Thesis abstract ‘A Technological Analysis of the Lithic Assemblage from Hays Cave, Southeastern Cape York Peninsula: Considering Diachronic Variations in Patterns of Intensity of Site Use’

13th November 2013

Angela D. Holden

BA(Hons), Department of Anthropology and Sociology, University of Queensland, St Lucia, 1999

This thesis explores chronological variations in patterns of site use at Hay Cave, southeast Cape York Peninsula. The site’s lithic assemblage is analysed with the aim of characterising variations in patterns of intensity of site use over time. It is argued that a technological analysis which aims to isolate trends in manufacturing behaviour, lithic resource manipulation, and taphonomic processes is a comprehensive means of detecting variations in intensities of site use. The relationship between patterns of site use and palaeoenvironmental trends is also addressed. Results suggest that levels of intensity of site use varied throughout the Pleistocene, and were greatest during the late Holocene. A level of responsiveness to palaeoenvironmental change is interpreted throughout the Pleistocene, although this trend is seen to alter significantly in the late Holocene. These findings contribute to the regional archaeological data set of SE Cape York Peninsula and can be incorporated into debates regarding the causes of diachronic variation in the region.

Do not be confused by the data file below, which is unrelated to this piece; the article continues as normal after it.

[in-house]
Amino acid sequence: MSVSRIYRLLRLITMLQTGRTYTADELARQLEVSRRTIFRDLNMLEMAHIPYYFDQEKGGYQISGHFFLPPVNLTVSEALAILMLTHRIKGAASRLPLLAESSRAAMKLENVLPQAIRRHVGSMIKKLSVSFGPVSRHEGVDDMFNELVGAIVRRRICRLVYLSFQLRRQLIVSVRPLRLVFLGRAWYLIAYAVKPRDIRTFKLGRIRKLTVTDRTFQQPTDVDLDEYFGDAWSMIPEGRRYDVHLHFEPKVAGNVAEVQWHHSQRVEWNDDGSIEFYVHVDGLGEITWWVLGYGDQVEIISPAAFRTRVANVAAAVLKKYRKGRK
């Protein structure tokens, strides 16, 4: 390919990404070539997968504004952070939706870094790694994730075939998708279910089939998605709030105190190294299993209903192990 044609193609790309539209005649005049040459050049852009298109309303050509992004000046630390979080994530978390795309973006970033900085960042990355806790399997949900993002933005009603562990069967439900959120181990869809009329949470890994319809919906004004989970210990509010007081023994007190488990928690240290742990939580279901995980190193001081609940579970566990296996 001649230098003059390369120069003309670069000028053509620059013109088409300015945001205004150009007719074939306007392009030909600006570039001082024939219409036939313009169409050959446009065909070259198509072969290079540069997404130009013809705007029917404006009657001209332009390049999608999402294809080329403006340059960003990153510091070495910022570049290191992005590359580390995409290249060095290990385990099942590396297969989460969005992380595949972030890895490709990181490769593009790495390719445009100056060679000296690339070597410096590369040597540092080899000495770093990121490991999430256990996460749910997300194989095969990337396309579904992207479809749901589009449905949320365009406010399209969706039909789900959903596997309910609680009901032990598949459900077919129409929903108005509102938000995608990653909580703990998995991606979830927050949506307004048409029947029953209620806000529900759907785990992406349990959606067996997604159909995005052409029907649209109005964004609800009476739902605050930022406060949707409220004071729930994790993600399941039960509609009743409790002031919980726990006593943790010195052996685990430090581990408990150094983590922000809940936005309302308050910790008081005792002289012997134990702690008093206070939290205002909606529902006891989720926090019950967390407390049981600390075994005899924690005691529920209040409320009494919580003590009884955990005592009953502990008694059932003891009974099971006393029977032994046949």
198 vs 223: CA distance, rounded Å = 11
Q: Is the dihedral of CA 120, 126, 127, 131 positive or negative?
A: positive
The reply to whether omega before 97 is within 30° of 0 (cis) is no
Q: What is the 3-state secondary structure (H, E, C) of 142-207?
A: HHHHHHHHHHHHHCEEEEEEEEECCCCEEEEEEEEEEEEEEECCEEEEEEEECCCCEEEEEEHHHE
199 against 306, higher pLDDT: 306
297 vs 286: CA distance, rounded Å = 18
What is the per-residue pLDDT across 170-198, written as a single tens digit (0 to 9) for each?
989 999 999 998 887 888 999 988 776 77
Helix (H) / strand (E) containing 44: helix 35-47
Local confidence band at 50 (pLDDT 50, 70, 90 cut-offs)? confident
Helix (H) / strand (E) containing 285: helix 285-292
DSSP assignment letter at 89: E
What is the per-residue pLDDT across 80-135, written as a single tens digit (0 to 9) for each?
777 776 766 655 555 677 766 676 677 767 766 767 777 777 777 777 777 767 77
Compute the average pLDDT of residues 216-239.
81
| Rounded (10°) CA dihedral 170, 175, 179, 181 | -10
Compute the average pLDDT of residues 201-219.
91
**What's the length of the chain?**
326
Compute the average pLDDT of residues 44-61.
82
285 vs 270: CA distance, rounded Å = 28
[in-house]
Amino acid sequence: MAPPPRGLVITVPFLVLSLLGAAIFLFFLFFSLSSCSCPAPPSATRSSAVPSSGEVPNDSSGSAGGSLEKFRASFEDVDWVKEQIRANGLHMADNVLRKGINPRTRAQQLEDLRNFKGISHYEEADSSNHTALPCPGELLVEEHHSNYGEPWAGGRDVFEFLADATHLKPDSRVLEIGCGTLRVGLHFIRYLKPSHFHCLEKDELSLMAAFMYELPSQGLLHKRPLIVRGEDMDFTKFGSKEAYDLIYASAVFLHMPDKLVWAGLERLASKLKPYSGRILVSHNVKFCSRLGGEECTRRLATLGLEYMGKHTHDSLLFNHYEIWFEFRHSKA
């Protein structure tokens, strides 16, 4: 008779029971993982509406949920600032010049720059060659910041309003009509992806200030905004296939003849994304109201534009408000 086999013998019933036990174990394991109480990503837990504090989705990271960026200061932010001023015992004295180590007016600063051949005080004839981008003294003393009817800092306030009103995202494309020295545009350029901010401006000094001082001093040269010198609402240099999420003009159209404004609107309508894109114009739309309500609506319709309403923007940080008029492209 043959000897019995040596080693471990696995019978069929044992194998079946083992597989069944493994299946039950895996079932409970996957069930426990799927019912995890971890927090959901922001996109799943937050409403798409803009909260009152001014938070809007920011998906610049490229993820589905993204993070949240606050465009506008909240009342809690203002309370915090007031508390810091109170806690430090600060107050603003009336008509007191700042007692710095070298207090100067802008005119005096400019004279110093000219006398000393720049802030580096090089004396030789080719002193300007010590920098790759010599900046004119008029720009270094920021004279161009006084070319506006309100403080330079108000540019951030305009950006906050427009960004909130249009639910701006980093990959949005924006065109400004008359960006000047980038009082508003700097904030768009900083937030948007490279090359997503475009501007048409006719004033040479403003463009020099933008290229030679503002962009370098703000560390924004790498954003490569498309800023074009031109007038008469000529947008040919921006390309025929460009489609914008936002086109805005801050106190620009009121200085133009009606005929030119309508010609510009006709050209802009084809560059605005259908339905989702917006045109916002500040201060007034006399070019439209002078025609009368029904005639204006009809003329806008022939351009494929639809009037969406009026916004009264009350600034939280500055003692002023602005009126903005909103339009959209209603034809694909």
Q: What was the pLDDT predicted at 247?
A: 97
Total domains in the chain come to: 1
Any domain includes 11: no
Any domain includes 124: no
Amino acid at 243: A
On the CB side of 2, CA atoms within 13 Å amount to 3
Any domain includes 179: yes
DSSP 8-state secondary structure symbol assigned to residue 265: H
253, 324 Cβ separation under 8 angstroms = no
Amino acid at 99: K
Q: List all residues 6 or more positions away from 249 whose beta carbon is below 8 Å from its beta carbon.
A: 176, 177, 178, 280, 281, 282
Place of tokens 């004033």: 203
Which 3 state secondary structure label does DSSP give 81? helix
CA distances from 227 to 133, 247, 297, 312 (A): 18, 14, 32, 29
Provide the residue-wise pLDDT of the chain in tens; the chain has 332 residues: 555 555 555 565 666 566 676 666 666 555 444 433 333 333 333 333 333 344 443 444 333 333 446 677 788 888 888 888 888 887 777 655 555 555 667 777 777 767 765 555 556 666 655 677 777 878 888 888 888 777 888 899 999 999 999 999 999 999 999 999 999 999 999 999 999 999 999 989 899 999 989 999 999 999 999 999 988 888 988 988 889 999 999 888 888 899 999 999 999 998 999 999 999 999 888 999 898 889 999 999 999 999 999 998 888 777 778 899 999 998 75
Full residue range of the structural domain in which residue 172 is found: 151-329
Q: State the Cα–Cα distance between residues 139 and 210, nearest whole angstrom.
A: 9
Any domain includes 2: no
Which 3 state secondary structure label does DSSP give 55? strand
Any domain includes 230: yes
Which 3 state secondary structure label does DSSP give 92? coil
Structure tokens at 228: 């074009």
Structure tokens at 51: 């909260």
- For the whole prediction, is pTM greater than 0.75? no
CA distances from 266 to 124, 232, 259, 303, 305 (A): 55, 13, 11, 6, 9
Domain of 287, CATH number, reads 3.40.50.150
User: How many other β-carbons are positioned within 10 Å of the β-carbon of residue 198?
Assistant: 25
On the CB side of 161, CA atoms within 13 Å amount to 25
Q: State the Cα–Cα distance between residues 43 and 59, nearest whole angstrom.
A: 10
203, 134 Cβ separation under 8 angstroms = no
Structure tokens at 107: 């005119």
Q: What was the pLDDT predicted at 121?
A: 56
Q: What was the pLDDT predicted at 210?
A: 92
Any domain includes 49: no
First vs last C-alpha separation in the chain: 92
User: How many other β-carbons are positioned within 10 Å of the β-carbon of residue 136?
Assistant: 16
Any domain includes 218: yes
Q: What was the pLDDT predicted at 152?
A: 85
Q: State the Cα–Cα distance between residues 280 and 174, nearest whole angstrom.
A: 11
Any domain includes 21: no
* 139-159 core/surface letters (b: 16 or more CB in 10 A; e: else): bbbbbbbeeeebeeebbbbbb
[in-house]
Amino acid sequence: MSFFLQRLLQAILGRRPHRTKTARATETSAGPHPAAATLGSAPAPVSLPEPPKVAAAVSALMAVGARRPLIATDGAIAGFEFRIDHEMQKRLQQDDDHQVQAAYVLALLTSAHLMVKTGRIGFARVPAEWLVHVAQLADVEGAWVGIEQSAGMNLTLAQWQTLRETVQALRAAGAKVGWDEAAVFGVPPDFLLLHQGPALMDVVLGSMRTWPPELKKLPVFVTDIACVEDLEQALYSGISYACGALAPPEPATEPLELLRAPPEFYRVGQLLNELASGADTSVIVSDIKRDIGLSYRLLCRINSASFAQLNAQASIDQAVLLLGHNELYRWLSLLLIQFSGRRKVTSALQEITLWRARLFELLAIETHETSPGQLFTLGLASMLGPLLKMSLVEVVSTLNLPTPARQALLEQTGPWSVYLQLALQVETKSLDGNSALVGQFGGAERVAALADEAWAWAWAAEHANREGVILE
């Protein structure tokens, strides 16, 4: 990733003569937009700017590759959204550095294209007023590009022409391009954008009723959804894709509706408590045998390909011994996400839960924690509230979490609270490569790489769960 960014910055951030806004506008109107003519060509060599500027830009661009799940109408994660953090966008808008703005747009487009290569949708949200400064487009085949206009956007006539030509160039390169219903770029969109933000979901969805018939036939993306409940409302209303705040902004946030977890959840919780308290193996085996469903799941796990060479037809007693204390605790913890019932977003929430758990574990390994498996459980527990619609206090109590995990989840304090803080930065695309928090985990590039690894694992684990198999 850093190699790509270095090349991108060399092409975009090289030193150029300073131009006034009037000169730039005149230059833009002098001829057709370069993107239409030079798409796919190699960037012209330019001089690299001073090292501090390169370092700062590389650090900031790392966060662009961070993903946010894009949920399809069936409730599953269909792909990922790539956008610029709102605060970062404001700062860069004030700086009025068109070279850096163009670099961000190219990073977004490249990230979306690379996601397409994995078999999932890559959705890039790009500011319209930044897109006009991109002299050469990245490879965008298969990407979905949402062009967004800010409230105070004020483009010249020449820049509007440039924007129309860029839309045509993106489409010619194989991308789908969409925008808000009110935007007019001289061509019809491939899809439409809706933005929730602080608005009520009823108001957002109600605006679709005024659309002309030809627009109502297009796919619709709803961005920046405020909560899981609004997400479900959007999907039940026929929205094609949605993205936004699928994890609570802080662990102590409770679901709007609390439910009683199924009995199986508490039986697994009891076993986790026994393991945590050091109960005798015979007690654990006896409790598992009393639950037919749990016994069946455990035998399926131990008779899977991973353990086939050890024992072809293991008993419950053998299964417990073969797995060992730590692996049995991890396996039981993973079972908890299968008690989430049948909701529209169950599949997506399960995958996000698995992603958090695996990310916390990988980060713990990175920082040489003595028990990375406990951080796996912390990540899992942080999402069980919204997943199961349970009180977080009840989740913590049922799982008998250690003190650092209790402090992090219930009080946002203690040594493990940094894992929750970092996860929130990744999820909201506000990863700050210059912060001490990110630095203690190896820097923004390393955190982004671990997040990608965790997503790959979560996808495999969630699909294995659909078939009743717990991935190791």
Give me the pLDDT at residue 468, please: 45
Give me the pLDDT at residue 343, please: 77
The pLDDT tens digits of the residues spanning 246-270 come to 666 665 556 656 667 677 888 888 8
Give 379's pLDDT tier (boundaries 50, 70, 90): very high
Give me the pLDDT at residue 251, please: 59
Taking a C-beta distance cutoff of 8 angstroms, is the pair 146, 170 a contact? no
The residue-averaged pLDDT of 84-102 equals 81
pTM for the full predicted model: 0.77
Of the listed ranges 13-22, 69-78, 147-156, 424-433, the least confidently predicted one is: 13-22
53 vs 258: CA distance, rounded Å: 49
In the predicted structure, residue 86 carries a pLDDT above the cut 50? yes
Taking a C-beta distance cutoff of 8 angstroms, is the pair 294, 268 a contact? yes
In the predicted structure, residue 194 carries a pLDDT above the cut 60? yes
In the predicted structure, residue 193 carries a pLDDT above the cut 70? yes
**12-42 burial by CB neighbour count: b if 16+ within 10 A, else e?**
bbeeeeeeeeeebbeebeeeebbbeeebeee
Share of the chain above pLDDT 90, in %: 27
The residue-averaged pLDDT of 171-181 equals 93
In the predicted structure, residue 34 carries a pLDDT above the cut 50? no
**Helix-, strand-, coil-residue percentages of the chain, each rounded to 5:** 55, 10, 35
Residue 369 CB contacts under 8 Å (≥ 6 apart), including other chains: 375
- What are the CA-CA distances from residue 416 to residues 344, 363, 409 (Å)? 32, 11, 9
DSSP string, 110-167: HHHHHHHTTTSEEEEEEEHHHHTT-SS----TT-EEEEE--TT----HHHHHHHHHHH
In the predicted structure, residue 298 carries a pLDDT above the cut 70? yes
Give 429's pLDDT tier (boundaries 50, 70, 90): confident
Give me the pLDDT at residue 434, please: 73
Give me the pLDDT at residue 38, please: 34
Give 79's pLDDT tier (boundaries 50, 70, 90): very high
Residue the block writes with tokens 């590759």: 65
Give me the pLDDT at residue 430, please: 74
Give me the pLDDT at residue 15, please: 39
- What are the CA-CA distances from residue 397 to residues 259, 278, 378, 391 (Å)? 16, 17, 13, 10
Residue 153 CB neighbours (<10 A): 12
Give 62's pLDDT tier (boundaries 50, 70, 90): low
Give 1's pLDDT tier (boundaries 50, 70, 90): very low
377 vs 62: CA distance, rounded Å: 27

Holden, A.D.
Thesis abstract 'A Technological Analysis of the Lithic Assemblage from Hays Cave, Southeastern Cape York Peninsula: Considering Diachronic Variations in Patterns of Intensity of Site Use'
2002
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